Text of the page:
“My creativity has allowed me to offer affordable cocktails without compromising quality,” he notes.
Diageo Kenya World Class Competition
At the competition, he was the only bar-owner who participated.
The fourth edition in the country attracted 40 Kenya’s finest bartenders from high-end hotels in Nairobi, Mombasa and Nakuru.
The group was taken through a training programme to sharpen their skills to meet world standards, with a key focus on satisfying customers.
The competition is part of an integrated programme aimed at increasing quality in cocktail making, while enhancing consumer’s experiences.
It offers support and training to thousands of bartenders and bars across the globe to improve their skills and standards.
The programme has inspired and educated more than 25,000 bartenders worldwide so far.
Sam’s creativity saw him make the cut to be among the final six who entered this year’s finals, held at the East Africa Breweries Limited grounds in Nairobi, on June 27.
It is keen to note that he was the only bartender to make it to the finals for two years in a row, having appeared in the 2017 national finals.
The six finalists at this year’s Kenya competition had to impress the judges with not only their cocktails at their makeshift bars, but also personality and presentation skills.
All the six brought out their best to impress judges of the day―Michelle Slater(General Manager EatOut Kenya) and Brian Owango, the pioneer of modern-day mixology in Kenya. He is also the CEO of Aqueous Mobile Bar.
The two judges were tasked with adjudicating the competition which involves a lot of techniques and creativity.
In the 2018 edition, contenders were judged on four criterias.
These are; making of a signature cocktail, sales of the signature cocktail at the contestant’s outlet during the competition period and social media votes.
The last stage was impressing judges with their signature cocktail (Heat of The Moment), which is made onsite and sampled by judges at the finals.
His signature cocktail “Over The Rainbow” was the most impressive cocktail at the finals, scooping the “Heat of The Moment” title.
This was the main cocktail part of the competition save for sales and social media votes.
He also stole the show with a glass made from a sweet potato which amazed the judges and participants.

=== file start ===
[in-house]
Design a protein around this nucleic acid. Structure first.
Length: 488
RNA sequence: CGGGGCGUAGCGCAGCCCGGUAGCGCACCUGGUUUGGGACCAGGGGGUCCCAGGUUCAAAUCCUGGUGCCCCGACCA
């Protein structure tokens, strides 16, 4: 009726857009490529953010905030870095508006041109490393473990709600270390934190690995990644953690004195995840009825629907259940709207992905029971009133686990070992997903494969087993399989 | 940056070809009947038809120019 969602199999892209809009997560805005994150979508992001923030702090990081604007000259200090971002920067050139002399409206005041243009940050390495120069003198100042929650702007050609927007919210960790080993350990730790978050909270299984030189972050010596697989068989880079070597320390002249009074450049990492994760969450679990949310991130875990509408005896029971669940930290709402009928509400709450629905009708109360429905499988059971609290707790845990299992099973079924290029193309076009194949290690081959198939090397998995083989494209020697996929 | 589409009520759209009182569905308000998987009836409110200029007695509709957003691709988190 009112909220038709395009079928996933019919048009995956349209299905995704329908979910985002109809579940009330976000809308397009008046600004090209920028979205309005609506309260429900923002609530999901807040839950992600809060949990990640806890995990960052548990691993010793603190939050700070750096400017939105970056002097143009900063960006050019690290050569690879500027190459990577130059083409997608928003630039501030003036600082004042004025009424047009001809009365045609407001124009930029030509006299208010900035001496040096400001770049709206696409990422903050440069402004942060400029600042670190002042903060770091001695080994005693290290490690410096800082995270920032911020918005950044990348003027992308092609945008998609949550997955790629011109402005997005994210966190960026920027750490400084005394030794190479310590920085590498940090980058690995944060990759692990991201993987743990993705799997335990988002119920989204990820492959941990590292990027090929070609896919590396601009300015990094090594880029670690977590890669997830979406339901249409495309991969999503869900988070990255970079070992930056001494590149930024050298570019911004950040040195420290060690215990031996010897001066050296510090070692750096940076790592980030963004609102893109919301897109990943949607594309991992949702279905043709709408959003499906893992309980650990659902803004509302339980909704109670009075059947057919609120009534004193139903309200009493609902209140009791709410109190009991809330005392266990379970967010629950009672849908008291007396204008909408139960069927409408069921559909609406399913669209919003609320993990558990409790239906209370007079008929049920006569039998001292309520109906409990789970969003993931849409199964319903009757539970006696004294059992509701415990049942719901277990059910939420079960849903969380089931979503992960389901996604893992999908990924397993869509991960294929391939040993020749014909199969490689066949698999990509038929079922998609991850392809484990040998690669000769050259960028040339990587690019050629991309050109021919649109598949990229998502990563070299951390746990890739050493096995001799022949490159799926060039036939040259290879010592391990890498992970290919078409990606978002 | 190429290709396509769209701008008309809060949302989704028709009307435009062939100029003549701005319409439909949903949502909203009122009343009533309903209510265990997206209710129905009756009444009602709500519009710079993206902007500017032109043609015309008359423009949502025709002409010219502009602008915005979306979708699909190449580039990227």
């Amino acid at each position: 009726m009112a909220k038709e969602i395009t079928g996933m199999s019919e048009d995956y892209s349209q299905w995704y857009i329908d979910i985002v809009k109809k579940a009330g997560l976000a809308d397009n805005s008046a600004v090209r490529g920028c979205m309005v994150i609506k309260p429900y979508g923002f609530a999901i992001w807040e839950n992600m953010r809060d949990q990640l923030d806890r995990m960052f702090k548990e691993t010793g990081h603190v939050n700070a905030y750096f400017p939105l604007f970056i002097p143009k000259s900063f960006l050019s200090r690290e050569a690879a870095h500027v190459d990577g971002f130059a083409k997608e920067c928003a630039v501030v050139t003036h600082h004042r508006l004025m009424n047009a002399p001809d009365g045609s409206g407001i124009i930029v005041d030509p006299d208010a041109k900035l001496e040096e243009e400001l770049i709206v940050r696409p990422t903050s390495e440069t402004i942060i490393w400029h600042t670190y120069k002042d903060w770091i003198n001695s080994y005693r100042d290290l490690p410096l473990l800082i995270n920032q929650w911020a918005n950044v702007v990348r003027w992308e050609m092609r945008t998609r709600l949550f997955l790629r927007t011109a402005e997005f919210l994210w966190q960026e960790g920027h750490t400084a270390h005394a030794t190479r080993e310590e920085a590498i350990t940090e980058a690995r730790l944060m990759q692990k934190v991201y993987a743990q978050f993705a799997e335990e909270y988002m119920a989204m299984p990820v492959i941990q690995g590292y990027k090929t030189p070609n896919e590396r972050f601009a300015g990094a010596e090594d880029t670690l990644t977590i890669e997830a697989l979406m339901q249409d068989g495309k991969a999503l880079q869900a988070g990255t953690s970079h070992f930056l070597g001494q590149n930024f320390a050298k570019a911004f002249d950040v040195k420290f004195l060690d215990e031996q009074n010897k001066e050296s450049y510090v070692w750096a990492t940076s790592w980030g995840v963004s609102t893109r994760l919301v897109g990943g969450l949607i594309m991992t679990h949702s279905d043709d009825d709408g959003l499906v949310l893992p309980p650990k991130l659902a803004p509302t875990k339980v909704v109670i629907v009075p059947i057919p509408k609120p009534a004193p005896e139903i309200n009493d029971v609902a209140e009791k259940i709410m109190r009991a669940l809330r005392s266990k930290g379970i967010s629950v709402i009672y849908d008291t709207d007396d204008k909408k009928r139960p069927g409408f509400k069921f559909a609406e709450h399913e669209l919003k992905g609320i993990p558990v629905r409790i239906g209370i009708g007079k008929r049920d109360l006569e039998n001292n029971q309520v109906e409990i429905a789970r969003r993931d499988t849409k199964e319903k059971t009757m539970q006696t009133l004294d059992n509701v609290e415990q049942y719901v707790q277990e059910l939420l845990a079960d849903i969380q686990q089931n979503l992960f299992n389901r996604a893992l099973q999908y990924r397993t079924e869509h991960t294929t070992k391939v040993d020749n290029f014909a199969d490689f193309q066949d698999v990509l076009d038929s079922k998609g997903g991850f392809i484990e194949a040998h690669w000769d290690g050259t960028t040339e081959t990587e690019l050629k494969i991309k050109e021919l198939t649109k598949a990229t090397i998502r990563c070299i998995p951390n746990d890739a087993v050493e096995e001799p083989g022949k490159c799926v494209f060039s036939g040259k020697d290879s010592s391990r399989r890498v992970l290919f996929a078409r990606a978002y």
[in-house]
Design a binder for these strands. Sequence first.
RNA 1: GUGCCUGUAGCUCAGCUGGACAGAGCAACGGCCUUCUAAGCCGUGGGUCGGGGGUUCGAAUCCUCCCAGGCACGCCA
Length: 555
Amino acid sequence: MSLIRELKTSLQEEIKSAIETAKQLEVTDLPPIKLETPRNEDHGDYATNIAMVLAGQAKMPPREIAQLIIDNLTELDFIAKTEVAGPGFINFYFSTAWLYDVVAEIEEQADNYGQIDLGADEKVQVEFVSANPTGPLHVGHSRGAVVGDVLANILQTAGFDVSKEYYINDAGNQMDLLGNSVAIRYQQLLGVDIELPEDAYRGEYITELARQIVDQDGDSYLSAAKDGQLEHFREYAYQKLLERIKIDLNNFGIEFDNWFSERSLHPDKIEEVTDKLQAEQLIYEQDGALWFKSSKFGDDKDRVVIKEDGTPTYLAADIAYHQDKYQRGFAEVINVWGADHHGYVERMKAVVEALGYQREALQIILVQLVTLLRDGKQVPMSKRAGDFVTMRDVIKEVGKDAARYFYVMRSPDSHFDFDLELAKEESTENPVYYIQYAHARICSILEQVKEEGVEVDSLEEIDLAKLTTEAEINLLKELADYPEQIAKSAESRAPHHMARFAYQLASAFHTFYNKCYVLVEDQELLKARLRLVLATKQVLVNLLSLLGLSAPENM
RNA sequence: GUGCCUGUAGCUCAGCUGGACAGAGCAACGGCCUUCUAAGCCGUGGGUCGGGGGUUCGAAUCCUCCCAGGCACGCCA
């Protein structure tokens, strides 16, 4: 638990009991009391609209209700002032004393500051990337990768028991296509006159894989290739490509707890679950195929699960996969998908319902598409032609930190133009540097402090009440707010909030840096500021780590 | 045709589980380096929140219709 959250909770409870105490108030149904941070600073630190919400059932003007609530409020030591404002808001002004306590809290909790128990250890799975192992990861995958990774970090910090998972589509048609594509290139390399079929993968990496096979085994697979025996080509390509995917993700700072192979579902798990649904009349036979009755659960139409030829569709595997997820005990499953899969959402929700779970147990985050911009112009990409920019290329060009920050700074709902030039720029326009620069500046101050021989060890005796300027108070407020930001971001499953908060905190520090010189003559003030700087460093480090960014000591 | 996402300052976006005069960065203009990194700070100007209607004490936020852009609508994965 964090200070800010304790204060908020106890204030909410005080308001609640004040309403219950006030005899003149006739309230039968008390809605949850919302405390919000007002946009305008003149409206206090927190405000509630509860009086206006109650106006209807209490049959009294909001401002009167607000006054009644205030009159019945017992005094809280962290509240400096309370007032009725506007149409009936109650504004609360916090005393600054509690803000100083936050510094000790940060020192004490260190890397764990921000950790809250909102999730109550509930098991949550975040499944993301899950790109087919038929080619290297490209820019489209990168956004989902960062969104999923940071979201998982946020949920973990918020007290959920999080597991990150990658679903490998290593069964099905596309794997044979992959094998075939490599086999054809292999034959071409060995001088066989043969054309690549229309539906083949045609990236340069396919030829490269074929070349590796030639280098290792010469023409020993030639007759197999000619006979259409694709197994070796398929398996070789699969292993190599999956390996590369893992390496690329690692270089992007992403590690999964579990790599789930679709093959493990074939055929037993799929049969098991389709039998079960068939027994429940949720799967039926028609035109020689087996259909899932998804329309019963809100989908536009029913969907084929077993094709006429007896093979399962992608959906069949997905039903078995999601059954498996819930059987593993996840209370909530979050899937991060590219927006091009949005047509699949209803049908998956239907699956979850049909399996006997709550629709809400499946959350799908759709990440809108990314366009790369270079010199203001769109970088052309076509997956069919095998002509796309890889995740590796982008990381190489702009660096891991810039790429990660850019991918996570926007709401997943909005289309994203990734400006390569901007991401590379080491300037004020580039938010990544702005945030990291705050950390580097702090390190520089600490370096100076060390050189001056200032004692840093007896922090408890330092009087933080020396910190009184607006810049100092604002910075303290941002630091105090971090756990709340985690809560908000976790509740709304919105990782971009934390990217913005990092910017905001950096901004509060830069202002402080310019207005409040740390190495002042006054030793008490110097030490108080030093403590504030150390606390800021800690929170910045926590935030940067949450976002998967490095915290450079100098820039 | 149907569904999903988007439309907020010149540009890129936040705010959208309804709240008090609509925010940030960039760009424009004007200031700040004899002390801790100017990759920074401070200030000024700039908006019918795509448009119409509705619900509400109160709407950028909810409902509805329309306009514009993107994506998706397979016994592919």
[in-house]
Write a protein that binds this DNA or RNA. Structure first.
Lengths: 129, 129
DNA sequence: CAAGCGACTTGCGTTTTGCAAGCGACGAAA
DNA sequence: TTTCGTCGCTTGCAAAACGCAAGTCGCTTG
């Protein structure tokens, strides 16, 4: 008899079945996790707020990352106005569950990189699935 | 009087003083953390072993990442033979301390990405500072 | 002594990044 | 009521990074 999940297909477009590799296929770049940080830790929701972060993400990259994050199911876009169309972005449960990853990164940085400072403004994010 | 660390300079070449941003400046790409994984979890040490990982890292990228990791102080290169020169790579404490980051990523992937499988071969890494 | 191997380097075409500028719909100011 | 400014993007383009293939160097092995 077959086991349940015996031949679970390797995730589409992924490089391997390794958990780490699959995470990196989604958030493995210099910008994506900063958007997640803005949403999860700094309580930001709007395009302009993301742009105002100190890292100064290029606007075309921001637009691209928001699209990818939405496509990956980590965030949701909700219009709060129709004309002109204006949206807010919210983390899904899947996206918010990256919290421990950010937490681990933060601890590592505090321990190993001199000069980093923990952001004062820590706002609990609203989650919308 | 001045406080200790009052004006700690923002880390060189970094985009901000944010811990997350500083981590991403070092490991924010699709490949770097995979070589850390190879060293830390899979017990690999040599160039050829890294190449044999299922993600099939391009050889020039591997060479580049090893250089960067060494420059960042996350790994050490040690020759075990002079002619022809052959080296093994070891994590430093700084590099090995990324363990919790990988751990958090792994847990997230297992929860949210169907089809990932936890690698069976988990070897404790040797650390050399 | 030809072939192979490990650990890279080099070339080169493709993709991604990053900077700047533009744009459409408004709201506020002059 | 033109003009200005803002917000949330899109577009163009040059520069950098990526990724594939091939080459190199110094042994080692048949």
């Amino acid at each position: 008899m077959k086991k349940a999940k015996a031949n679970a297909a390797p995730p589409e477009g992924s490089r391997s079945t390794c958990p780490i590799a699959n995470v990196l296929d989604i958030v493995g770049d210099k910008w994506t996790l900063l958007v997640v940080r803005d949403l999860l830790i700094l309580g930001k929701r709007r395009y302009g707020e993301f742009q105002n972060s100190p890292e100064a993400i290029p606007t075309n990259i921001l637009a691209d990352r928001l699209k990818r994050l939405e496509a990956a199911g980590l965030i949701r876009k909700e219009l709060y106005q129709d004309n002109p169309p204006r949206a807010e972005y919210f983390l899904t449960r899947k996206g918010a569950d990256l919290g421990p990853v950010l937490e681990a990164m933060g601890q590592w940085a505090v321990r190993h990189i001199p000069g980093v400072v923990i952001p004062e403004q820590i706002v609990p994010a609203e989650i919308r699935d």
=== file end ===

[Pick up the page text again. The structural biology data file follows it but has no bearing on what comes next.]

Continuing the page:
The baked sweet potato glass can be used to serve a drink and yet consumable, allowing one to enjoy his drink and a bite at the same time.
The event which attracted a huge following in the country’s bar and restaurant industry culminated with Patrick Mutua of Villa Rosa Kempinski being crowned the overall winner.
He will represent Kenya in the global scene in Berlin, Germany in August 2018.
Though he did not win the final title, Sam believes that what he learned from the event will help him take his business to the next level.
“I was not the overall winner but I was a winner too. I commend Patrick who is a mixoligist like me and wish him all the best in the global scene. I also congratulate all my fellow mixologists in the competition. It was a great experience,” he said,” There is always a next time.”
Sam aspires to have his own distillery in the long run to crown his career as a mixologist. In his short term plans, he aspires to own the best bar in Kenya.
“I believe all this is possible. With sheer hardwork and determination, anyone can be what they want to be,” the soft-spoken mixologist affirmed,” I will have established my dream of the best cocktail bar in the next five years and will be working on owning a distillery.”
He has currently created six jobs at his small bar and lounge where he also offers outside catering. In his 13 years in the bar industry, he has trained and passed skills to young upcoming mixoligists.
Advice to upcoming mixologists
According to Sam, mixology can be taken up as a full time career just like any other profession. However, it is a skill that is yet to be appreciated locally.
He urges mixoligists in Kenya, the East Africa region and Africa at large to do the art professionally and be quick to adapt to changing global trends.
“The world is fast changing hence one must remain keen on the changing styles and market trends,” he says.
He also shares his secret with fellow bar owners: “Do proper costing for a cocktail and make sure you give quality matching the price. My secret is price, quality and service.”
His mantra is:”As long as the sun rises, the purpose to life is still valid.”